Yesterday, as we were driving home from southern Minnesota, I decided to play some more with camera movement, this time in a moving vehicle.  I tried slow exposures, fast exposures, different angles, and different subject matter so that’s what I’ll share with you today.  How can you practice seeing this week?

Art of Seeing
Buildings with slow exposure - almost look like waves
Minneapolis Skyline from Interstate 35
Art of Seeing
Watercolor landscape
Buck Hill Ski Slope South of Minneapolis
The Art of Seeing
The Golden Hour

The Art of Seeing – Week 2

Quote of the day:  “Thinking sideways helps you not only to keep out of photographic ruts, but also to see subject matter you may have overlooked or not observed carefully. It enlarges your world.” ~ Freeman Patterson Photography and the Art of Seeing

The Art of Seeing
Looks like brush strokes

For those of you who are new to my blog, I’ve started taking one day a week to play with photography assignments from photographers I admire.

This week I decided to work with Freeman Patterson’s ideas on playing with camera movement, doing things like jumping up and down and pressing the shutter while jumping, swinging the camera back and forth or around after setting the timer to take a long exposure, moving camera up and down while taking a long exposure.

This turned out to be more fun than I expected.  I was outside in a wooded area at the Minnesota Landscape Arboretum, so my palette was muted browns, blue sky, a little green from evergreen trees, and a gray stone Japanese Lantern in the Japanese Garden.  Imagine what a very bright active background would be like if you played with camera movement.  Oh, I think I’m going to try that some day. It sounds like fun.

While I don’t plan to print any of these photos, I have some ideas for things I want to try in the future.  This type of photography feels very much like part luck and part skill since judging what shapes, colors and movements will create interesting photos takes some experience and skill and a lot of luck.  Training the eye to imagine what color, shape and movement will create is a good exercise.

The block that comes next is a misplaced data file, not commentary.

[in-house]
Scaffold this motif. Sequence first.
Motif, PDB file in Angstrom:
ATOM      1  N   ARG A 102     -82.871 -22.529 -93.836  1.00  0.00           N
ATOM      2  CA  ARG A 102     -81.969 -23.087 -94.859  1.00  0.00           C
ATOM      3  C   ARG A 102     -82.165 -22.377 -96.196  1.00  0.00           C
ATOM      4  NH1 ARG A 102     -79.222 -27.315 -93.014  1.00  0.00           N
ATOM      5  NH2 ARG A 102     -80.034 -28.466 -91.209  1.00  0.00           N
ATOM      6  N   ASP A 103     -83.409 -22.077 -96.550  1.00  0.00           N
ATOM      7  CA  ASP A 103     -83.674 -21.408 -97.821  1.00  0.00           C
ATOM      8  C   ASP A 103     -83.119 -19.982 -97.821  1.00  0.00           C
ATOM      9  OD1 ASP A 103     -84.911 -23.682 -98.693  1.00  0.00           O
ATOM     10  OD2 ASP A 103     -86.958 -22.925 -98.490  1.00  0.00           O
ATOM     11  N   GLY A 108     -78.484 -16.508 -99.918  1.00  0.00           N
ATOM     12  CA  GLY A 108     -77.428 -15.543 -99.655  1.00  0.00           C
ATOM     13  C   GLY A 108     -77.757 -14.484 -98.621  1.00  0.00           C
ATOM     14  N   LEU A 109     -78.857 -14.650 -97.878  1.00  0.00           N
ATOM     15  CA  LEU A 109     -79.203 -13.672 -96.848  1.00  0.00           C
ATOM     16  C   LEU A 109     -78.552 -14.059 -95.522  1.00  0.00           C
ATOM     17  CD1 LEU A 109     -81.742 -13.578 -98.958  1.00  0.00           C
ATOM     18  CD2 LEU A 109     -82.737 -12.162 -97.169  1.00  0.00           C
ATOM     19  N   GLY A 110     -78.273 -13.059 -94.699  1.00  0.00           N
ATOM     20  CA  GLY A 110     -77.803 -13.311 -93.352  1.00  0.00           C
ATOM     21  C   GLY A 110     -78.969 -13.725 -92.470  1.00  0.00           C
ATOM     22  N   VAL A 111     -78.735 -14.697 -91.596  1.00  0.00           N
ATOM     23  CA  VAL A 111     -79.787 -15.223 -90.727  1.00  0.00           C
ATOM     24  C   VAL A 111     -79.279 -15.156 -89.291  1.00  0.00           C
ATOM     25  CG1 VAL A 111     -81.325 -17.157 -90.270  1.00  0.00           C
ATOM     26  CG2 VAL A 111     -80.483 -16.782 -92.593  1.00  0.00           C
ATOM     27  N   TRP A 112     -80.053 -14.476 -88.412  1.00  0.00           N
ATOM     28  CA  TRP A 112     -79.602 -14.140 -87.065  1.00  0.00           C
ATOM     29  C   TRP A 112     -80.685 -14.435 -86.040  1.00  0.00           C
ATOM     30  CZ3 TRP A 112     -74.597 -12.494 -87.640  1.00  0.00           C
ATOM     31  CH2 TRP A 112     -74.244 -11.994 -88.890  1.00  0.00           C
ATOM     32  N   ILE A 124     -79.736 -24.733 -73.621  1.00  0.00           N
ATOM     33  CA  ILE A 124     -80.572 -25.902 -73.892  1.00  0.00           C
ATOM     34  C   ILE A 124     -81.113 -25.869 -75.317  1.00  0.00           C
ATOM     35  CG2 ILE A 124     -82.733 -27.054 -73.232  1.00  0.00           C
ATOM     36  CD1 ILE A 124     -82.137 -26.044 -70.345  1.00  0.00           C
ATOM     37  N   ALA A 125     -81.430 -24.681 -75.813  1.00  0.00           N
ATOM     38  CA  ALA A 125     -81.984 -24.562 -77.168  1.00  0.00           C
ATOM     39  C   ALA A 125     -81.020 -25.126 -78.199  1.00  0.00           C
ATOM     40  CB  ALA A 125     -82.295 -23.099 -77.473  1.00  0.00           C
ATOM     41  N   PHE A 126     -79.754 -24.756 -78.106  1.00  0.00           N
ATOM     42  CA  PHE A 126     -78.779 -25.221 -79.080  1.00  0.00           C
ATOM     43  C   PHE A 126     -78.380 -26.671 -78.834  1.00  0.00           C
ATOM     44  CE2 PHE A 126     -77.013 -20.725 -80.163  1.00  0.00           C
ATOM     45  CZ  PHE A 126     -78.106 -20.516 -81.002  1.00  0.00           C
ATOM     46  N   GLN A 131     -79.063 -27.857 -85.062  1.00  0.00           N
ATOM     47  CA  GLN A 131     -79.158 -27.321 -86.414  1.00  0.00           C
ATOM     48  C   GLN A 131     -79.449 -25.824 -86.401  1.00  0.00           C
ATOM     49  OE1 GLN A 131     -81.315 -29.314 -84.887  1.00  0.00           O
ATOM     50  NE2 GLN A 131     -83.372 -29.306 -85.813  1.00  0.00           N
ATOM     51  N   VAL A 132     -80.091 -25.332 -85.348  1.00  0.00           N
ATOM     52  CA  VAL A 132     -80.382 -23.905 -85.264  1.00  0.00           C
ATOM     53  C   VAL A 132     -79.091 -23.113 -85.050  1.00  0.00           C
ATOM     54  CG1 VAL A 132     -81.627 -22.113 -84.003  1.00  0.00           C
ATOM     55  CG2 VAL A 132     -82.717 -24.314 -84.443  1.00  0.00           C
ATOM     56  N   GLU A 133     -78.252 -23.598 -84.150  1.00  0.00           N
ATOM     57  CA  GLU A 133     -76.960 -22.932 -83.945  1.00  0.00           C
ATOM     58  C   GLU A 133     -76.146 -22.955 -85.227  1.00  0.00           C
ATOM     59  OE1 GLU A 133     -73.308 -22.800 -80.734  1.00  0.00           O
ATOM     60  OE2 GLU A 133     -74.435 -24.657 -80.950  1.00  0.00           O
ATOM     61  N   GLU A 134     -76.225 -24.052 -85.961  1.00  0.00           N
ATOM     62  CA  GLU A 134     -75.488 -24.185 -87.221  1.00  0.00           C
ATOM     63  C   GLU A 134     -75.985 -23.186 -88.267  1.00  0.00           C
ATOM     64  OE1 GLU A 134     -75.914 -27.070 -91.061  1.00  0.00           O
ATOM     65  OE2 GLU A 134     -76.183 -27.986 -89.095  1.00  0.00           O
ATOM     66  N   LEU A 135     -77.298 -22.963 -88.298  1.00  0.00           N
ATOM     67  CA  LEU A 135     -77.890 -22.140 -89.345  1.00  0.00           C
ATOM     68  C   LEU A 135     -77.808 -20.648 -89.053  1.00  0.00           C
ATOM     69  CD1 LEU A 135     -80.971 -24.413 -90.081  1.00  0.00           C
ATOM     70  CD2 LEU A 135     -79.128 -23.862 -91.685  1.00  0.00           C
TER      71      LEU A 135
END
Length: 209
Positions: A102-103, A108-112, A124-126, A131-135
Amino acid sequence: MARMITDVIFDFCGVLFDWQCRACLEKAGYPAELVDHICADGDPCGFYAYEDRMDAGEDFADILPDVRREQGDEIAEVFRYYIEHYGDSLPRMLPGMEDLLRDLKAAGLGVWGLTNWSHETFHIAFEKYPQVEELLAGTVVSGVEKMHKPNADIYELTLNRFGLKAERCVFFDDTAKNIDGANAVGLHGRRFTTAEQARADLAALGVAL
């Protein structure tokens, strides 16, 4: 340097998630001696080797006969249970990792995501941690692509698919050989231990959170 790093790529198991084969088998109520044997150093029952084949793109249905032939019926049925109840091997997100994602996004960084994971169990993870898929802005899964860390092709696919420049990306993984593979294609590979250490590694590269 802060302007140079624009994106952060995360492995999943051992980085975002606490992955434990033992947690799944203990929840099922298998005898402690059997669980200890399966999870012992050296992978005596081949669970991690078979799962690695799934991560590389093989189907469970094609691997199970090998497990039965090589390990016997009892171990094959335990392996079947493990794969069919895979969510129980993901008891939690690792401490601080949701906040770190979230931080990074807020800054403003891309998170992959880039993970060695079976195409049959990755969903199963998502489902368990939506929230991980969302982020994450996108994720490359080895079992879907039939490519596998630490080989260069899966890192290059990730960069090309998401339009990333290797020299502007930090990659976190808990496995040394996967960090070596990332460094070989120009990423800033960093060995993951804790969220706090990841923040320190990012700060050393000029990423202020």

Go out and play with your photography this week.  What can you do that helps you see differently?

Interesting patterns
Liquid Japanese Lantern and Tree Trunk
Shades of green and blue
Shapes and colors
Watercolor Trees and Sky
Tea House shapes

The Art of Seeing – Week 1

Quote of the day: “Draw up a list of some photographic rules; then go out and break them.” ~ Freeman Patterson Photography and the Art of Seeing

Macro of droopy, drying hydrangea blossoms

I’ve been reading Photography and the Art of Seeing  by Freeman Patterson and I’ve decided to challenge myself each week with an idea from the book as a photo shoot assignment.  I’d love for you to join me on my once a week explorations.  Send me a link to your most interesting results by Friday each week and I’ll pick some to post the next week in my blog.

Yesterday, I used the quote above to list a couple of the “rules” that I follow – take only photos of fresh new flowers and make sure the focal area of the photo is in focus – and I challenged myself to photograph the drooping, shriveling, drying flower bouquets that I would have ignored in the past, and to do some out of focus shots intentionally (don’t laugh, I do plenty unintentionally). Here are some of my more interesting results.

Dreamy out-of-focus hydrangea
Look at the interesting colors of the stems on the flowers
Black and White Hyacinths
Aging Flowers Wrinkle Just Like People Do